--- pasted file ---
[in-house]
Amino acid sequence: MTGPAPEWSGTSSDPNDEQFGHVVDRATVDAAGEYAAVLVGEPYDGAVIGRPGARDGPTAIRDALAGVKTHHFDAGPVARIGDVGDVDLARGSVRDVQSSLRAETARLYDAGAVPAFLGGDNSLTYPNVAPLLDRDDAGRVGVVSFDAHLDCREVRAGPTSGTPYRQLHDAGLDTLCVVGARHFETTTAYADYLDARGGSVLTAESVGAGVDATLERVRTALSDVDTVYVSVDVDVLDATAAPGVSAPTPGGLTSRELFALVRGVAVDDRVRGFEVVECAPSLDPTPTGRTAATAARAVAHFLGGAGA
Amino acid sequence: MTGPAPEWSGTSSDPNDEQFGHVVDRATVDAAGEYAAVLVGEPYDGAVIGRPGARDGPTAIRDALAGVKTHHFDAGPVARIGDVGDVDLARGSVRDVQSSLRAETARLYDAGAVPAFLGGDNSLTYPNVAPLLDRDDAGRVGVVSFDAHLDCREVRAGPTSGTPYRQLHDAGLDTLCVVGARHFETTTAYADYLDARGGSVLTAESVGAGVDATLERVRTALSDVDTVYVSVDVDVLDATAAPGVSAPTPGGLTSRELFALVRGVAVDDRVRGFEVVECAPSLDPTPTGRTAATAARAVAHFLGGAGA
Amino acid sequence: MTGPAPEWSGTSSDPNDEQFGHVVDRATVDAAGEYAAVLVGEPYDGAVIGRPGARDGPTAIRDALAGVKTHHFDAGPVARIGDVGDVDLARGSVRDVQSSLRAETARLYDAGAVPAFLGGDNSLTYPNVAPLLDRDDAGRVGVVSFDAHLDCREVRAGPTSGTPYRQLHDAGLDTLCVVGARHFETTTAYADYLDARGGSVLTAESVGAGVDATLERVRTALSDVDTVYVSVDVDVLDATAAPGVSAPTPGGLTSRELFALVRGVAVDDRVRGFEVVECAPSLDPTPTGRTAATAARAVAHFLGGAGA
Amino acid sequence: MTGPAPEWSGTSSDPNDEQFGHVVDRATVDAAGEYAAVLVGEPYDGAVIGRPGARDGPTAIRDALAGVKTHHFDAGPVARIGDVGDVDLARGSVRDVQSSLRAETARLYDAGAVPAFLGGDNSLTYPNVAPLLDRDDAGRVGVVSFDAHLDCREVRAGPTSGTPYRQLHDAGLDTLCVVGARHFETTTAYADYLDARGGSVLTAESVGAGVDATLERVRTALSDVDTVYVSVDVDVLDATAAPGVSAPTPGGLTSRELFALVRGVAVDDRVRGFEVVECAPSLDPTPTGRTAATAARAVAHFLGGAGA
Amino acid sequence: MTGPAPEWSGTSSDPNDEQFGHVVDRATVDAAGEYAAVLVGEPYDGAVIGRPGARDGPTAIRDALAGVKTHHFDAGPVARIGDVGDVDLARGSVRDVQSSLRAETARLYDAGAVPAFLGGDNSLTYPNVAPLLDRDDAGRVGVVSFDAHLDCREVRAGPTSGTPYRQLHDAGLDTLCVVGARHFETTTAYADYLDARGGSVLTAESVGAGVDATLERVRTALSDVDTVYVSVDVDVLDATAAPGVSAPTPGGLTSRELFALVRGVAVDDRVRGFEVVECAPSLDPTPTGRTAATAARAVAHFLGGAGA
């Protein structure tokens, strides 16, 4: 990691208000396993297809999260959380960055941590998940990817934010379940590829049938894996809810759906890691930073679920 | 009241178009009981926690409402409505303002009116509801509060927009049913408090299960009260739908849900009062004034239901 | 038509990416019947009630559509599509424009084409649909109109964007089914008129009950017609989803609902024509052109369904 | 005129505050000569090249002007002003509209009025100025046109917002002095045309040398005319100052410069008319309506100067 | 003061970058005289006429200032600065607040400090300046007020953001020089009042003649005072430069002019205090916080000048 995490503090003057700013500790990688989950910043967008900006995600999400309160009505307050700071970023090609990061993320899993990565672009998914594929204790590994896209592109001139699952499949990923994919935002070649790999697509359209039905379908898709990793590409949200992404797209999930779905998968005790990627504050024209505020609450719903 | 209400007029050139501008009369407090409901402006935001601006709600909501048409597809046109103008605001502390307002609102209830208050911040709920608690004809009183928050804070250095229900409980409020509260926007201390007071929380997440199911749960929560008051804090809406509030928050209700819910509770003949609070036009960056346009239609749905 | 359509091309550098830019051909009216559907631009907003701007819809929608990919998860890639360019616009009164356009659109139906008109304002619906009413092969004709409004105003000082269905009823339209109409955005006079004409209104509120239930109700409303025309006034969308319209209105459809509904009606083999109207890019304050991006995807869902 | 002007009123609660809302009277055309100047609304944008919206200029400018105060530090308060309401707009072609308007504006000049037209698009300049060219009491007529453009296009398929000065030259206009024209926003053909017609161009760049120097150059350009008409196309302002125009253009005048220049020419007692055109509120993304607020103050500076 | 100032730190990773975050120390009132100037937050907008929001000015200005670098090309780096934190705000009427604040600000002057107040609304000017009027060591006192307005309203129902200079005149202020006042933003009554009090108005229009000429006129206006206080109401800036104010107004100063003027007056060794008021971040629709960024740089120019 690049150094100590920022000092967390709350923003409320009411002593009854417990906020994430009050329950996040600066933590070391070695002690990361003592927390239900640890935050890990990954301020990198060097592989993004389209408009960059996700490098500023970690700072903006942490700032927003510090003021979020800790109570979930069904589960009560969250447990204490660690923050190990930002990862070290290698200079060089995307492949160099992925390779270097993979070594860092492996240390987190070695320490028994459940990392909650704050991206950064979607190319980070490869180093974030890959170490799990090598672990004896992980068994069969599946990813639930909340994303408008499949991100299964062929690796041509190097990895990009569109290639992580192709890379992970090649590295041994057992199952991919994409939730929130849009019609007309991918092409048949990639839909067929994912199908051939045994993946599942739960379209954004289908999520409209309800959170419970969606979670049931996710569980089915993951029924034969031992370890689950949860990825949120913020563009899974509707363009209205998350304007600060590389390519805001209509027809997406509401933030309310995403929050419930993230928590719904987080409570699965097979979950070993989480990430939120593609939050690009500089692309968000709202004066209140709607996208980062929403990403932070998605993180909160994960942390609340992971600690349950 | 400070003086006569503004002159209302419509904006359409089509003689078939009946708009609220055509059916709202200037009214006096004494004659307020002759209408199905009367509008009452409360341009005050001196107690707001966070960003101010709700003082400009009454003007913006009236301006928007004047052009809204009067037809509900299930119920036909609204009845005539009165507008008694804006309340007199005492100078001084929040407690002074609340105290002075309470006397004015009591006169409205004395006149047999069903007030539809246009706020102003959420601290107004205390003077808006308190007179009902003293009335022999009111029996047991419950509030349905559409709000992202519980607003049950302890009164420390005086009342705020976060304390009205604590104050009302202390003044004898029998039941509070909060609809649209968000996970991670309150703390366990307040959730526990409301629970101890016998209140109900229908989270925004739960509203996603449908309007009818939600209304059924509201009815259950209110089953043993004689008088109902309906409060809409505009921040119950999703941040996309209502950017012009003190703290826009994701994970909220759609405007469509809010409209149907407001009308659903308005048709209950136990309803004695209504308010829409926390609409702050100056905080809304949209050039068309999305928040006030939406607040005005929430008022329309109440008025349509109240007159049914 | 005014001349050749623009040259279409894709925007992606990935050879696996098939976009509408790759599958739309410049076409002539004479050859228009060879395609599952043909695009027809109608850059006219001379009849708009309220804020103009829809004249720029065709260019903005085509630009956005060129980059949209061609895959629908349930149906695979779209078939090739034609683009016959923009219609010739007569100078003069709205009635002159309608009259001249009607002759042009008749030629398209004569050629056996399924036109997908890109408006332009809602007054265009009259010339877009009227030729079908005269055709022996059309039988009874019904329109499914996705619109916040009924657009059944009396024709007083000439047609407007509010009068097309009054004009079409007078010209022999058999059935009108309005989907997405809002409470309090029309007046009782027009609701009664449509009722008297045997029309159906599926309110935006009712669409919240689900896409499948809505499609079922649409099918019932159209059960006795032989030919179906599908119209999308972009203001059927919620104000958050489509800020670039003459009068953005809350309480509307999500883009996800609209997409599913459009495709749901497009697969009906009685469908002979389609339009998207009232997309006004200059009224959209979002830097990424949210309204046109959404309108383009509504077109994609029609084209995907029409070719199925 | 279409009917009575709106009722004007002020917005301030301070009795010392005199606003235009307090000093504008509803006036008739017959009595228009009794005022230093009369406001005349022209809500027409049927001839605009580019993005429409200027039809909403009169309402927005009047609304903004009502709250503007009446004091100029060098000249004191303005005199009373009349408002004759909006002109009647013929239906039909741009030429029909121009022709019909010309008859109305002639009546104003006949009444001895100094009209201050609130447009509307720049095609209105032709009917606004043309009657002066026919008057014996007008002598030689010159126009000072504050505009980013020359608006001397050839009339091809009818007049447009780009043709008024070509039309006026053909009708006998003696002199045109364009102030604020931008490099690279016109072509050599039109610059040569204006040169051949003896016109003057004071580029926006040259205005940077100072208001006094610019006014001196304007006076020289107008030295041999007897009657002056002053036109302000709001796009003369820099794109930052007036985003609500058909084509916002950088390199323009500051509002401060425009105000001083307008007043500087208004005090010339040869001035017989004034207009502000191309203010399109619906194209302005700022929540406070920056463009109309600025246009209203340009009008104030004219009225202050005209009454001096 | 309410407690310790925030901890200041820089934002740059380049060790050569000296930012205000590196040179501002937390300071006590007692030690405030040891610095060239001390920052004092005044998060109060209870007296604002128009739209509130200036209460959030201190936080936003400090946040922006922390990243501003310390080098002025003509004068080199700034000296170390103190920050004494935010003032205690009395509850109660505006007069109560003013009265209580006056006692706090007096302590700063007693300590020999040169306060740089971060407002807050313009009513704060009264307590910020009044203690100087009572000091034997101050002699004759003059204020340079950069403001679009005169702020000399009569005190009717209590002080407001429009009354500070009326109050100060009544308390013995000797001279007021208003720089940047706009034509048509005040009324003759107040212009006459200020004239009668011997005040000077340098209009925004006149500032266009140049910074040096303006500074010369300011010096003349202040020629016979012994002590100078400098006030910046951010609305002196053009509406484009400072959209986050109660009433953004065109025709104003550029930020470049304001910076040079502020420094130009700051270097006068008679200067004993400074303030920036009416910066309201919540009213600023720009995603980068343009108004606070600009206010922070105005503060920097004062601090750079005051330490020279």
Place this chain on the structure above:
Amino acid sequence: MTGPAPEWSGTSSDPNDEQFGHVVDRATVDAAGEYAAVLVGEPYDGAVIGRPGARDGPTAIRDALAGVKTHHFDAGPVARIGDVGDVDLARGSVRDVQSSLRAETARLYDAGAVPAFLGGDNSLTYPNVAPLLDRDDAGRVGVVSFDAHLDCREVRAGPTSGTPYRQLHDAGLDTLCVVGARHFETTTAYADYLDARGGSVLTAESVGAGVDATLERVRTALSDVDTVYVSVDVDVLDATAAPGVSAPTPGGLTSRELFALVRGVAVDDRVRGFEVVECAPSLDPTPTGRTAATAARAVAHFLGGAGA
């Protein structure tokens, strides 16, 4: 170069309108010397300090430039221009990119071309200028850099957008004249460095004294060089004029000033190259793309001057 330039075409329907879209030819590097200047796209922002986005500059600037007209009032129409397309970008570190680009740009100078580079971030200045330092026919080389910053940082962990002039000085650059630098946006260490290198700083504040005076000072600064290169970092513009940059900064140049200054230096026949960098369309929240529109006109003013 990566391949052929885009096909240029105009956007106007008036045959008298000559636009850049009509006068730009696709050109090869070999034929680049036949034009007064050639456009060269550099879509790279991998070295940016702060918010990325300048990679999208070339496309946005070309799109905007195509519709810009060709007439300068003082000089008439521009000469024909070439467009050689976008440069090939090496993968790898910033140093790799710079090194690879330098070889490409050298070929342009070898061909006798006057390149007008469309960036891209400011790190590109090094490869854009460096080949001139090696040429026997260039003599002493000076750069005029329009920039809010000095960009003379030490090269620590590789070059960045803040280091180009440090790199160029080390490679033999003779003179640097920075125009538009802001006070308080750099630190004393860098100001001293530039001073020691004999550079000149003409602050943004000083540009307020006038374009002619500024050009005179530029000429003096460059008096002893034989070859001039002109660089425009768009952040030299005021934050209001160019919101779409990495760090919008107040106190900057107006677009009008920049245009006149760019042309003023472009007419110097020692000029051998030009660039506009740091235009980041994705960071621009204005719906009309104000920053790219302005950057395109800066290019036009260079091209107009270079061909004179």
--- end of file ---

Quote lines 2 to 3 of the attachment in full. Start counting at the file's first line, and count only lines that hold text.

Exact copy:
Amino acid sequence: MTGPAPEWSGTSSDPNDEQFGHVVDRATVDAAGEYAAVLVGEPYDGAVIGRPGARDGPTAIRDALAGVKTHHFDAGPVARIGDVGDVDLARGSVRDVQSSLRAETARLYDAGAVPAFLGGDNSLTYPNVAPLLDRDDAGRVGVVSFDAHLDCREVRAGPTSGTPYRQLHDAGLDTLCVVGARHFETTTAYADYLDARGGSVLTAESVGAGVDATLERVRTALSDVDTVYVSVDVDVLDATAAPGVSAPTPGGLTSRELFALVRGVAVDDRVRGFEVVECAPSLDPTPTGRTAATAARAVAHFLGGAGA
Amino acid sequence: MTGPAPEWSGTSSDPNDEQFGHVVDRATVDAAGEYAAVLVGEPYDGAVIGRPGARDGPTAIRDALAGVKTHHFDAGPVARIGDVGDVDLARGSVRDVQSSLRAETARLYDAGAVPAFLGGDNSLTYPNVAPLLDRDDAGRVGVVSFDAHLDCREVRAGPTSGTPYRQLHDAGLDTLCVVGARHFETTTAYADYLDARGGSVLTAESVGAGVDATLERVRTALSDVDTVYVSVDVDVLDATAAPGVSAPTPGGLTSRELFALVRGVAVDDRVRGFEVVECAPSLDPTPTGRTAATAARAVAHFLGGAGA